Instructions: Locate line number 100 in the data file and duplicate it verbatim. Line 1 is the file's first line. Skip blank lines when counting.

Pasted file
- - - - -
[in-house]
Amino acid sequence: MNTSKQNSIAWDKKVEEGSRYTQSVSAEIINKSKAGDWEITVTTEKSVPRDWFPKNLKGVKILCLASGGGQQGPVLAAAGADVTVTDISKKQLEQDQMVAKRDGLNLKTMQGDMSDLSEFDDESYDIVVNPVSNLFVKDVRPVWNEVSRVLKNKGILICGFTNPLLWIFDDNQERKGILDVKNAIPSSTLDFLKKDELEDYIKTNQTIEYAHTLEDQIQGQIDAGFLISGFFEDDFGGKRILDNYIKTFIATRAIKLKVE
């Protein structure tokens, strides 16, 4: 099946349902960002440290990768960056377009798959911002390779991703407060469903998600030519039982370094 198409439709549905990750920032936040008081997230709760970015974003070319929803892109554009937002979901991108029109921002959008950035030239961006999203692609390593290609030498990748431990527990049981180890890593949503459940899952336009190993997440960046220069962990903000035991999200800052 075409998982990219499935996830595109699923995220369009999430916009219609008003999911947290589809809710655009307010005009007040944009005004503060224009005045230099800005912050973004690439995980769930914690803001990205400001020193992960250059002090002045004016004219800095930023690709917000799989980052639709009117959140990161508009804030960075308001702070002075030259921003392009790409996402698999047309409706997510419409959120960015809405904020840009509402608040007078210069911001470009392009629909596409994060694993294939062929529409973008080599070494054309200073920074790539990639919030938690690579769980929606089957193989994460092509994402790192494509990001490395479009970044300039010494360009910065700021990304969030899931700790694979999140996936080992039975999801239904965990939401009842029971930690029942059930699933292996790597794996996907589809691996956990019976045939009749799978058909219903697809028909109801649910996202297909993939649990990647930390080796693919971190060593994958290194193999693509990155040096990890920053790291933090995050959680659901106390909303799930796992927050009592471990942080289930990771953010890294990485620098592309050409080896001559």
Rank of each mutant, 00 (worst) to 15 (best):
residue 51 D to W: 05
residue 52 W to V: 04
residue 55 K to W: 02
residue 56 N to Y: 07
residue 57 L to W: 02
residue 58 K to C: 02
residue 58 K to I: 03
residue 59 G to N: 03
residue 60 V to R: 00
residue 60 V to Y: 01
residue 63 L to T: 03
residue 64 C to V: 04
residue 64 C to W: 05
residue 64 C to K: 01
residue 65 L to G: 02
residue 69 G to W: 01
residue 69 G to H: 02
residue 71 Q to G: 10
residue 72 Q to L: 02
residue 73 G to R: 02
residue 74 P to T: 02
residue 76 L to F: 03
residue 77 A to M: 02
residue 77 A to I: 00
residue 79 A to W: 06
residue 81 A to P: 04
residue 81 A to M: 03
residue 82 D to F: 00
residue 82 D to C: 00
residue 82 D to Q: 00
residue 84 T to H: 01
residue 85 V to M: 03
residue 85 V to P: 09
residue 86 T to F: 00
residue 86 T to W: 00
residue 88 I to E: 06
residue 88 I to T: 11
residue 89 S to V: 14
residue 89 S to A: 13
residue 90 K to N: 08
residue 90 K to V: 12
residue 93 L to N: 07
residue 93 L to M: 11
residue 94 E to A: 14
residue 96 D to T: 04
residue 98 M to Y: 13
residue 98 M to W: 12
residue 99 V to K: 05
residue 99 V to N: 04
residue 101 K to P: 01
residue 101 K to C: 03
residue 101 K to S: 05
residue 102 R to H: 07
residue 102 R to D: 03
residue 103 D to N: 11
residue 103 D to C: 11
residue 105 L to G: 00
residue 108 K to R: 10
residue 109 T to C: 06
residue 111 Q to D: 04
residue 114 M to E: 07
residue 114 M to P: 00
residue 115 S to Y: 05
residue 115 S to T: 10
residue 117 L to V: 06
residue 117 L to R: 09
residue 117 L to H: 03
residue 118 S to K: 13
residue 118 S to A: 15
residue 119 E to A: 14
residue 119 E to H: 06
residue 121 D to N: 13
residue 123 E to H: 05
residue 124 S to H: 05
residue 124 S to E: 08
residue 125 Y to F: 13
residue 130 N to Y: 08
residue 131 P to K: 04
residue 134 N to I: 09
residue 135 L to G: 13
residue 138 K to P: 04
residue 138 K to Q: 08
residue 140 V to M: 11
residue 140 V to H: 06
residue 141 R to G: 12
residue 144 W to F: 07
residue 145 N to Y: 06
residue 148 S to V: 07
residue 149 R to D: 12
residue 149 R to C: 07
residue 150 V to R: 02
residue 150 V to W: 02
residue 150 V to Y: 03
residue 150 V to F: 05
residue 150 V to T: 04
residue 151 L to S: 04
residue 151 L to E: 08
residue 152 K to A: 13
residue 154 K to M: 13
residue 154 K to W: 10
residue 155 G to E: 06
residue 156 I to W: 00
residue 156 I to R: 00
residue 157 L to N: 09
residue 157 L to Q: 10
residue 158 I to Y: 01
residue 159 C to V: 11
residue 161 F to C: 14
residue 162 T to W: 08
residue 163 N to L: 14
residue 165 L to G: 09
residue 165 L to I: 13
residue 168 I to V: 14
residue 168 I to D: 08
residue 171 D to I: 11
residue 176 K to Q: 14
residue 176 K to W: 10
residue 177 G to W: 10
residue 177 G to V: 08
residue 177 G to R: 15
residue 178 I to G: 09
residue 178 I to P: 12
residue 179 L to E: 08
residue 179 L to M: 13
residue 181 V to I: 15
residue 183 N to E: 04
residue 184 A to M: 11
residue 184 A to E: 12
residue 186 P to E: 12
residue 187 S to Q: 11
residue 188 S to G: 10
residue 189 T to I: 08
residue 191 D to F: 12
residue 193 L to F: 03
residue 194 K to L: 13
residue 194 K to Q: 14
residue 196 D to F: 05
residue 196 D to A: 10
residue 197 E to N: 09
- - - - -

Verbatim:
residue 151 L to S: 04